Artist of the month: Chandrakant Channe

Chandrakant Channe

Chandrakant Channe is not just an artist but also plays an important role as a teacher. The geometrical representations of rangoli designs were his first inspiration and he is also fascinated with black and white

Q:
At what age did you discover that you are an artist? How did you decide to pursue art?
 
A:
I did not really discover it myself. During my childhood, my relatives and lovers would tell me that I would be a good artist. As a child, the rangoli designs I made were in high demand at festivals in my village, Chimur. Many people told my parents that I had the potential to be a good artist in the future.
 
Q:
Have you experimented with different art forms? Why did you choose graphical drawings?
 
A:
Yes. I experimented in the field of graphics and that has resulted in my artistic expressions in black and white drawings today. My formal training in art education was in painting and graphics. It was easy in Baroda and Shantiniketan to work on graphic machines. As I was not able to find a studio thereafter, I experimented a lot to get the effect on larger paper. I am fortunate that I could even cross the limits of graphic media.
 
Q:
What is the source of inspiration for your graphical drawings?
 
A:
The beautiful play of light and shadow in Ellora's reliefs, the diffused light in Elephanta caves and the Toran reliefs of Sanchi which look different in different kinds of lighting was in a true sense, my inspiration.
 
Q:
Why do you choose B&W as a medium?
 
A:
I love it. I can stop work and restart at any time without losing a rhythm in line and mass too. Of course whenever I have some leisure time, I also paint on canvas.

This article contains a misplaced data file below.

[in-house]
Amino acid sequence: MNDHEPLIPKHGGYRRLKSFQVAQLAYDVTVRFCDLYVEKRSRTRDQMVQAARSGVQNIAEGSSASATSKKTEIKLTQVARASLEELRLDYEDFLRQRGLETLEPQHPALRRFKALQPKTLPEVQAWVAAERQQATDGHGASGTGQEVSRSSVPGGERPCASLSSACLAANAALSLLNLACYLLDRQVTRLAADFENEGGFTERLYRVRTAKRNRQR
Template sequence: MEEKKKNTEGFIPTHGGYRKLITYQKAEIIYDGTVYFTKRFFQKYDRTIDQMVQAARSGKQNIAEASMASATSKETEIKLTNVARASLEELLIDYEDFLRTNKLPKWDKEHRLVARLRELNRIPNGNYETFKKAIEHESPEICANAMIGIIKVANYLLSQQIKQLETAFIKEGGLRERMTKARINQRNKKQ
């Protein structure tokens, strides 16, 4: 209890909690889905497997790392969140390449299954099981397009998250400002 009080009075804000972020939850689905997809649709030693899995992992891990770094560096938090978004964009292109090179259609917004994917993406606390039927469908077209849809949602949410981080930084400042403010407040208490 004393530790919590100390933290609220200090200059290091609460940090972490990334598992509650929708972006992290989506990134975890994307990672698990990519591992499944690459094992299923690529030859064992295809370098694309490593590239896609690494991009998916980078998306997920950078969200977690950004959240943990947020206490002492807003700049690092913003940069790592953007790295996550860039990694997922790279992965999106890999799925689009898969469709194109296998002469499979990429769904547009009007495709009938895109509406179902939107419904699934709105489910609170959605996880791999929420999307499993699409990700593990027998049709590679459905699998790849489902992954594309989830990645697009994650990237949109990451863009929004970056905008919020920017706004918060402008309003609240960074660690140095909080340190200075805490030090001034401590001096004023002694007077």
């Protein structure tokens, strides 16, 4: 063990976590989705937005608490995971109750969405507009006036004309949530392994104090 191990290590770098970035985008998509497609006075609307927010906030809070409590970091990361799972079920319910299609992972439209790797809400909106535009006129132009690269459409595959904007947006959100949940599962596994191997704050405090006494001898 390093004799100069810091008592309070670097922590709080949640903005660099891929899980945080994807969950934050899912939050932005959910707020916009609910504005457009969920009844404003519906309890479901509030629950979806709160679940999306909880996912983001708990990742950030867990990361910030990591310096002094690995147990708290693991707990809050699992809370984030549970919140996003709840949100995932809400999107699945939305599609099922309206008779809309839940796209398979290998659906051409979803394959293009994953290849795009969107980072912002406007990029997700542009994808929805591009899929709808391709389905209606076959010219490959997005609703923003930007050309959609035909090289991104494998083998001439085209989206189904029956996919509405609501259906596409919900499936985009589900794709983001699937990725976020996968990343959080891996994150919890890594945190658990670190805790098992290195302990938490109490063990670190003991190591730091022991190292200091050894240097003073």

Q:
How has your experience been with teaching art? Does it help you in your work?
 
A:
Yes, it helps very much. Reading books on philosophy and exposure to different ideas and concepts broadened my world view. This also inspired the philosophical bent of my creations.
 
Q:
Who is your mentor and why?
 
A:
Padmabhushan K.G. Subramanium, my guide Nihar Ranjanji, Dr. Ratan Parimoo, Shri Gulam shaikh and many who made helped me reach my goal.
 
Q:
Which of your works is your personal favourite and why?
 
A:
In a way I love all my creations. But my recent huge drawing titled as VARENNYAM, which means 'Best of the Best' is my favourite one. I have dedicated this one to my cute grandson who keeps asking me so many questions about art.
 
Q:
How have the Sabrimala Mountains in the South of India made an impact on you?
 
A:
They have impacted me very deeply. The experience of being in the company of moonlight falling on the huge stones of Shabarimala, creates a sublimation of hollowness in the mind. The grace and the rhythm of blackness enhance the phase four feelings.
 
Q:
Your graphical drawings are said to be a journey into childhood and childlike fantasies. Can you elaborate on this?
 
A:
Fortunately, my childhood was a journey of stress and difficulties making me strong enough to face anything. My mother always taught me to take everything positively. My drawings are a reflection of my childhood with a deep contrast in black and white, much like my mother's womb.
 
Q:
What is one piece of advice you would give to young artists of India?
 
A:
Work continuously, with a positive frame of mind and be faithful to what you have created.
 

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